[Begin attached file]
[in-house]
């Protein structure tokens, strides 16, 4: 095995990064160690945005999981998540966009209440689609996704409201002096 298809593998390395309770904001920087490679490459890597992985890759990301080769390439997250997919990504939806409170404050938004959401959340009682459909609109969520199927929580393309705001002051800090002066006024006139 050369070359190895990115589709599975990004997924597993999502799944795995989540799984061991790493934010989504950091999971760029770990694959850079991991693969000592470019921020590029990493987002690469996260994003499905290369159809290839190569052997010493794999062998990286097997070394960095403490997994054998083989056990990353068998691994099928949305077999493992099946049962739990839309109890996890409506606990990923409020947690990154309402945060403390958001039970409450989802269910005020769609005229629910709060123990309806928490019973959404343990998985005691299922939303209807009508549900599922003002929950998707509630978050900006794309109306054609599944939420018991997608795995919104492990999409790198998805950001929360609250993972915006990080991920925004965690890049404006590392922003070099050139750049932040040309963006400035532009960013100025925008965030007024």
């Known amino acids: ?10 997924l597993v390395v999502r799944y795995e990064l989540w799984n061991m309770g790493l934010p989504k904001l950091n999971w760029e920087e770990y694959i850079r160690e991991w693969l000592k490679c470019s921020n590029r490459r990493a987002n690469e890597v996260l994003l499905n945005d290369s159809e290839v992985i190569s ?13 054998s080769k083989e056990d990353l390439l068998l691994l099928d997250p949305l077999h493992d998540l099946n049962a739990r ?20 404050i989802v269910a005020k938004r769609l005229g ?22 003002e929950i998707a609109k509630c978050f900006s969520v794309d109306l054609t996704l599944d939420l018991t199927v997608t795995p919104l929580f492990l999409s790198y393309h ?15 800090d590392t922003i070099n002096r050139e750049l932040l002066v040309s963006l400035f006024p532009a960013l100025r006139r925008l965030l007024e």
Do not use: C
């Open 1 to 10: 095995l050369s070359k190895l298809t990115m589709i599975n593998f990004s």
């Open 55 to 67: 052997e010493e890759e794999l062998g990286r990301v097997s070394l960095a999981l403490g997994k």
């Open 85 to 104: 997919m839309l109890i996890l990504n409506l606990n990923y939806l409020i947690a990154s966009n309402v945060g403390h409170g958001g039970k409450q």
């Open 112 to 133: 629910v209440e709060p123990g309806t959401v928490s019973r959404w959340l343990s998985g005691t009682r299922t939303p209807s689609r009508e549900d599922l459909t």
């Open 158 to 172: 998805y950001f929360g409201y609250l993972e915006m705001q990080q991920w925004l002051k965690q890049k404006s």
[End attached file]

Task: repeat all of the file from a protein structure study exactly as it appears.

[in-house]
């Protein structure tokens, strides 16, 4: 095995990064160690945005999981998540966009209440689609996704409201002096 298809593998390395309770904001920087490679490459890597992985890759990301080769390439997250997919990504939806409170404050938004959401959340009682459909609109969520199927929580393309705001002051800090002066006024006139 050369070359190895990115589709599975990004997924597993999502799944795995989540799984061991790493934010989504950091999971760029770990694959850079991991693969000592470019921020590029990493987002690469996260994003499905290369159809290839190569052997010493794999062998990286097997070394960095403490997994054998083989056990990353068998691994099928949305077999493992099946049962739990839309109890996890409506606990990923409020947690990154309402945060403390958001039970409450989802269910005020769609005229629910709060123990309806928490019973959404343990998985005691299922939303209807009508549900599922003002929950998707509630978050900006794309109306054609599944939420018991997608795995919104492990999409790198998805950001929360609250993972915006990080991920925004965690890049404006590392922003070099050139750049932040040309963006400035532009960013100025925008965030007024």
């Known amino acids: ?10 997924l597993v390395v999502r799944y795995e990064l989540w799984n061991m309770g790493l934010p989504k904001l950091n999971w760029e920087e770990y694959i850079r160690e991991w693969l000592k490679c470019s921020n590029r490459r990493a987002n690469e890597v996260l994003l499905n945005d290369s159809e290839v992985i190569s ?13 054998s080769k083989e056990d990353l390439l068998l691994l099928d997250p949305l077999h493992d998540l099946n049962a739990r ?20 404050i989802v269910a005020k938004r769609l005229g ?22 003002e929950i998707a609109k509630c978050f900006s969520v794309d109306l054609t996704l599944d939420l018991t199927v997608t795995p919104l929580f492990l999409s790198y393309h ?15 800090d590392t922003i070099n002096r050139e750049l932040l002066v040309s963006l400035f006024p532009a960013l100025r006139r925008l965030l007024e």
Do not use: C
């Open 1 to 10: 095995l050369s070359k190895l298809t990115m589709i599975n593998f990004s």
């Open 55 to 67: 052997e010493e890759e794999l062998g990286r990301v097997s070394l960095a999981l403490g997994k």
């Open 85 to 104: 997919m839309l109890i996890l990504n409506l606990n990923y939806l409020i947690a990154s966009n309402v945060g403390h409170g958001g039970k409450q």
């Open 112 to 133: 629910v209440e709060p123990g309806t959401v928490s019973r959404w959340l343990s998985g005691t009682r299922t939303p209807s689609r009508e549900d599922l459909t």
């Open 158 to 172: 998805y950001f929360g409201y609250l993972e915006m705001q990080q991920w925004l002051k965690q890049k404006s």